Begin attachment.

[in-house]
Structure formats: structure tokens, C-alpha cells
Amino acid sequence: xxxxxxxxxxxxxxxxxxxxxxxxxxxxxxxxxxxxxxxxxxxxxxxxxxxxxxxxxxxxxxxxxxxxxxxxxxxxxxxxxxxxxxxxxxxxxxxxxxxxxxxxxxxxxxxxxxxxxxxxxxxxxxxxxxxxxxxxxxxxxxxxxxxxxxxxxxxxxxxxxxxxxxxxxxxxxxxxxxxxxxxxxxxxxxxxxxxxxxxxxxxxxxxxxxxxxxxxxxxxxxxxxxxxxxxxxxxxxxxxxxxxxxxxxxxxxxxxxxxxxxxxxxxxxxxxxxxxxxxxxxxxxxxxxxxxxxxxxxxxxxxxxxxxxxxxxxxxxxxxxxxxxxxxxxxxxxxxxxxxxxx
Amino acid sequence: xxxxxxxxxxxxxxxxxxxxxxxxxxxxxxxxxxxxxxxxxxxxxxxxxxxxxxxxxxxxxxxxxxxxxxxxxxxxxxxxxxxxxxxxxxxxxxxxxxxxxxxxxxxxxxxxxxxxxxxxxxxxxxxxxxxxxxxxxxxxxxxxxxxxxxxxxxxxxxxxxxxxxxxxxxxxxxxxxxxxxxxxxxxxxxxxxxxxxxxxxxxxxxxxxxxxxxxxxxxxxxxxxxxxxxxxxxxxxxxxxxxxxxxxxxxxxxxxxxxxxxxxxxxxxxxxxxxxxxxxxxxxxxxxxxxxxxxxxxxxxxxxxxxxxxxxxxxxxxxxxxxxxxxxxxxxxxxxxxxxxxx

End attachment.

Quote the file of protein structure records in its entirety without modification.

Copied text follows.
[in-house]
Structure formats: structure tokens, C-alpha cells
Amino acid sequence: xxxxxxxxxxxxxxxxxxxxxxxxxxxxxxxxxxxxxxxxxxxxxxxxxxxxxxxxxxxxxxxxxxxxxxxxxxxxxxxxxxxxxxxxxxxxxxxxxxxxxxxxxxxxxxxxxxxxxxxxxxxxxxxxxxxxxxxxxxxxxxxxxxxxxxxxxxxxxxxxxxxxxxxxxxxxxxxxxxxxxxxxxxxxxxxxxxxxxxxxxxxxxxxxxxxxxxxxxxxxxxxxxxxxxxxxxxxxxxxxxxxxxxxxxxxxxxxxxxxxxxxxxxxxxxxxxxxxxxxxxxxxxxxxxxxxxxxxxxxxxxxxxxxxxxxxxxxxxxxxxxxxxxxxxxxxxxxxxxxxxxx
Amino acid sequence: xxxxxxxxxxxxxxxxxxxxxxxxxxxxxxxxxxxxxxxxxxxxxxxxxxxxxxxxxxxxxxxxxxxxxxxxxxxxxxxxxxxxxxxxxxxxxxxxxxxxxxxxxxxxxxxxxxxxxxxxxxxxxxxxxxxxxxxxxxxxxxxxxxxxxxxxxxxxxxxxxxxxxxxxxxxxxxxxxxxxxxxxxxxxxxxxxxxxxxxxxxxxxxxxxxxxxxxxxxxxxxxxxxxxxxxxxxxxxxxxxxxxxxxxxxxxxxxxxxxxxxxxxxxxxxxxxxxxxxxxxxxxxxxxxxxxxxxxxxxxxxxxxxxxxxxxxxxxxxxxxxxxxxxxxxxxxxxxxxxxxxx